Music games, were once thought of as niche products that appealed to only a small amount of people – just think of how few copies there were of Samba De Amigo on the Dreamcast. Over the years, however, the games have become so innovative and entertaining that the general gaming public has taken notice. The latest and greatest music game to hit the PS2 is Guitar Hero, from developer Harmonix who you might remember from Frequency and Amplitude. If you've spent any time on gaming message boards you've no doubt heard that Guitar Hero rocks, and I'm here to tell you it's true. It's a blast to play, and it's accessible to beginners and plenty difficult for experts. The song list is great, and of course, the guitar-shaped controller is pretty much the coolest thing ever.
The concept behind Guitar Hero is simple, but that doesn't mean it's not fun, and it certainly doesn't mean it's not challenging. You start off by selecting one of a handful of generic looking rockers, and of course, picking a name for your band. You'll start off playing in a basement, but as you get more and more popular, you'll play in larger venues, much like in Karaoke Revolution. After completing a song you'll earn money that can be used to purchase new guitars and songs. Unfortunately there aren't tons of guitars to unlock, and they have no affect on gameplay. The same goes for the guitar players themselves- there are only a couple to unlock, and you can't create your own for some reason.
The game comes with a controller that is shaped like a small guitar. It has five buttons that act as frets, a switch that you strum, and even a working whammy bar. On screen there's a guitar neck that faces towards you, with colored dots that represent the frets on the guitar scrolling towards you. Your job is to not only press the proper button at the right time, but also strum the guitar as well. This takes some coordination and might be challenging for anyone that hasn't played a musical instrument before, but the game does a nice job of easing you into things. There's a tutorial that explains the basics, and there are four difficulty modes to select from in career mode. The easy mode only uses the first three frets and the patterns are rather simple. The other levels gradually introduce the fourth fret, and finally the fifth. The patterns get more complex not only because of the additional frets you've got to worry about, but because the game throws more and more notes at you.
Like Frequency, Amplitude, and Karaoke Revolution, the game scores you by your accuracy, and rewards you for long periods of perfection. A meter on the right hand of the screen shows how hard you're rocking the crowd. Miss a note and the meter goes down, and it's "game over" if you stink up the joint too much. The notes are divided up into short segments that usually go along with a riff in the song. If you nail that riff, you'll start a combo, which is how you rake in the points. Certain segments have glowing dots, and these will fill your star power meter if you play them correctly. To activate your star power you have to tilt the guitar's neck upwards and raise the guitar like you're rocking a solo in an 80's hair band. It's pretty sweet.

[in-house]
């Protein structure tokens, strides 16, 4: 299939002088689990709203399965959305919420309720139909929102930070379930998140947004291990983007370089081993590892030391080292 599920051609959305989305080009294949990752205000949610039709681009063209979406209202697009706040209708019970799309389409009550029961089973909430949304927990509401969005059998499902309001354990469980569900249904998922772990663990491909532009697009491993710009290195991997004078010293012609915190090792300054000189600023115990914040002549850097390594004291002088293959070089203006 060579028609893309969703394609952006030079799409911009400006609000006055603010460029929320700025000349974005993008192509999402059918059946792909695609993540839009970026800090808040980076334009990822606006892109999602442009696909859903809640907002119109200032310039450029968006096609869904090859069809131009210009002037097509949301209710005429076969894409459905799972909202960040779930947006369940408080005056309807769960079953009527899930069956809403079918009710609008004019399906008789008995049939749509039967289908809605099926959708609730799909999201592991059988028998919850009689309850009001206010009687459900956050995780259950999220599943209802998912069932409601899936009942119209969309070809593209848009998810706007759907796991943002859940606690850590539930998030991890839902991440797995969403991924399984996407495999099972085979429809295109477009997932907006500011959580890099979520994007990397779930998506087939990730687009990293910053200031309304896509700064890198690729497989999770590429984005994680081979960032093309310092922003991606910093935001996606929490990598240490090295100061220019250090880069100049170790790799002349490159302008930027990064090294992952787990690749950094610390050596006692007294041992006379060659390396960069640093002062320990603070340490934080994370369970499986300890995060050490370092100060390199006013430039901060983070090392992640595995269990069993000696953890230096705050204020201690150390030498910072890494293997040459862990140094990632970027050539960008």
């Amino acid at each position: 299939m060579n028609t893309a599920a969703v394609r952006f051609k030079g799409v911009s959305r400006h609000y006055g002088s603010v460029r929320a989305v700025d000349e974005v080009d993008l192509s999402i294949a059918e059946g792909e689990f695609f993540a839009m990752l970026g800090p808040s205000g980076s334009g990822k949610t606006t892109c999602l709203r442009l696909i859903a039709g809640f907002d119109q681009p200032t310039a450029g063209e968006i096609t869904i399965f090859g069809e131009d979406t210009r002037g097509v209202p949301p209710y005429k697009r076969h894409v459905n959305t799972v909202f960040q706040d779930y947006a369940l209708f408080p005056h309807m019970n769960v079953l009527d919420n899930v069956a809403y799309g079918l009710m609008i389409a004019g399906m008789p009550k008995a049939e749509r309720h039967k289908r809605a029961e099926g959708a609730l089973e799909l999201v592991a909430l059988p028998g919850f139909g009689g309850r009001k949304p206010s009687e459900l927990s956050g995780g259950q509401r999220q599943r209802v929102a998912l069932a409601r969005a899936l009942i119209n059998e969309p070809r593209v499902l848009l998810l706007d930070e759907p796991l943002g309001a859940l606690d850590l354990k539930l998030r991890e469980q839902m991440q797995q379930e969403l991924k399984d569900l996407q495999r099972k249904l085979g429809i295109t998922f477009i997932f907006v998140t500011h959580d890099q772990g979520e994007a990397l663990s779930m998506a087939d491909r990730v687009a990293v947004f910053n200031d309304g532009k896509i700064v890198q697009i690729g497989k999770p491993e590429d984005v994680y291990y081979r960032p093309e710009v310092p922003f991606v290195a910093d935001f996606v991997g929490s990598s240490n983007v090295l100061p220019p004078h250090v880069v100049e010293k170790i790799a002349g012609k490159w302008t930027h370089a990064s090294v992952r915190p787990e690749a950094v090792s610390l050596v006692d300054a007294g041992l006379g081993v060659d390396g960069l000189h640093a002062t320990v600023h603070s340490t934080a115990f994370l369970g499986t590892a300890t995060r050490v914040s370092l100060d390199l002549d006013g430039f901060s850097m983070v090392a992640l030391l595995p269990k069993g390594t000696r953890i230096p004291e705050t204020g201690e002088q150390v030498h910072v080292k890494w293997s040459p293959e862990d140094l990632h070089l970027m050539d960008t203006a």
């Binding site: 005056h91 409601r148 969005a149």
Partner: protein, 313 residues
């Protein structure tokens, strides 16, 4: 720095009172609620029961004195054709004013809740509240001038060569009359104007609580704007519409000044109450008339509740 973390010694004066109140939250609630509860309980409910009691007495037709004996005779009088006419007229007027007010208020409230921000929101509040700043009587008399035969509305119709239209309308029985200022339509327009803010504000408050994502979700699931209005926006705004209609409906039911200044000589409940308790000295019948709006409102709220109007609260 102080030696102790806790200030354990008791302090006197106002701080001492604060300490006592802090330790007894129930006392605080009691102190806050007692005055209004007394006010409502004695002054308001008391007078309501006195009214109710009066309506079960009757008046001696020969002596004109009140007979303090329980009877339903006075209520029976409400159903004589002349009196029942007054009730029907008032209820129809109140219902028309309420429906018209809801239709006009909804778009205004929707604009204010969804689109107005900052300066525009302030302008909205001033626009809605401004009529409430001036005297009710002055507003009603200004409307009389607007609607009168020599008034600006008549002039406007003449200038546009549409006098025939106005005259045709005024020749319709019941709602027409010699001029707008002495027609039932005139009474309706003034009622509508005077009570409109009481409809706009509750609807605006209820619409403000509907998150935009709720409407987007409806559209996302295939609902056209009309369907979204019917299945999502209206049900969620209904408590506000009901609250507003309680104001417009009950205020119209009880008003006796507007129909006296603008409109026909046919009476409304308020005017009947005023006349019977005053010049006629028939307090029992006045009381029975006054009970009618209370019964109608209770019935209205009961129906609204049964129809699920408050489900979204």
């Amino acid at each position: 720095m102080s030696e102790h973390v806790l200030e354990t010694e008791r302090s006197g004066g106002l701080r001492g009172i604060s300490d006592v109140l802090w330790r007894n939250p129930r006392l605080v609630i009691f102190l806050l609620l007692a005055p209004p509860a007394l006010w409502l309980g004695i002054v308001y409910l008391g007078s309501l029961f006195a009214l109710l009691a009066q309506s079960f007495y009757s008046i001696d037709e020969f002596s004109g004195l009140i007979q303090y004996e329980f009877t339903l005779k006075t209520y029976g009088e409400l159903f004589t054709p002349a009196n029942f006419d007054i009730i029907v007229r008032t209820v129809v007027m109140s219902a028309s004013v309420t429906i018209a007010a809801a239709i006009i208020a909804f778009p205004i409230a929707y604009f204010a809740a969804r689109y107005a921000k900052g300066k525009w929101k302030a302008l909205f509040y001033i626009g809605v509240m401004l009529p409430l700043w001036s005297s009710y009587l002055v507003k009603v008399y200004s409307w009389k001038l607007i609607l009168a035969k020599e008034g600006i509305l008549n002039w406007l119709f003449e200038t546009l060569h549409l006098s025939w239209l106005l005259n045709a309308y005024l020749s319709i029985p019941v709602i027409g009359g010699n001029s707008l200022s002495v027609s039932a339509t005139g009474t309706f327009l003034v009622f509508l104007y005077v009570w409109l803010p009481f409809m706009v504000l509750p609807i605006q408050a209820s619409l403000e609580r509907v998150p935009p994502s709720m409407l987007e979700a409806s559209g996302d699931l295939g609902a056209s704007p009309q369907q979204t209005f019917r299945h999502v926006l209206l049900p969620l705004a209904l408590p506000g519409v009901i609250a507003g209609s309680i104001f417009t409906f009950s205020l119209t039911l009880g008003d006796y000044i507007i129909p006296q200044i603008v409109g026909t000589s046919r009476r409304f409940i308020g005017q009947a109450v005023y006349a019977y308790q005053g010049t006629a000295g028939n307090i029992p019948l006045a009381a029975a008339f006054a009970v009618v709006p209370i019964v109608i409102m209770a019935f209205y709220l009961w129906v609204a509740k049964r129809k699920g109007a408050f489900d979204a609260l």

Guitar Hero is so much fun because it makes even the most untalented of musicians feel like they're actually playing a guitar. Sure it's much more simple, but since you're moving your fingers along the frets and strumming along to the music it's very satisfying. In fact, once you get to the expert level, certain parts of songs are just as much of a challenge on the guitar controller as they are in real life. You'll find yourself actually practicing over and over to nail the game's tough guitar solos, and eventually you'll learn the rhythm parts so well you won't even have to look at the screen.
From a visual standpoint Guitar Hero isn't impressive, but that really doesn't matter in the least. The menus are attractive and easy to navigate, though there is too much backtracking if you want to switch players. The venues and characters aren't a whole lot different than what you'd find in Karaoke Revolution, however, the lack of create-a-player and EyeToy support that was in the latest Karaoke Revolution (also by Harmonix) is a disappointment.
Guitar Hero wouldn't be half as much fun if it weren't for its outstanding song list. You start off with only five songs, but after beating them you're rewarded with five more, and then five more after that, and so on, for a total of 30 songs. Cream, Red Hot Chili Peppers, Ozzy, Hendrix, Stevie Ray Vaughan, Queen, The Ramones, Franz Ferdinand, Sum 41, Joan Jett, AudioSlave, Queens of the Stone Age, David Bowie, White Zombie, and Judas Priest are just some of the great artists in the game. Some of the song selections for some of the artists are a little disappointing since they aren't always their best songs, but for the most part the list is outstanding. There are also original, unlockable songs that aren't well-known, but are actually of a very high quality.
Guitar Hero is everything a game should be -it's innovative, it's tons of fun, has tons of replay value, and it's accessible to both new and experienced gamers. It's a little pricey, and it gets quite expensive if you're looking to pick up a second guitar controller for some two-player action, but it's worth every penny. If you have even a passing interest in music games it's worth picking up – it's a great game.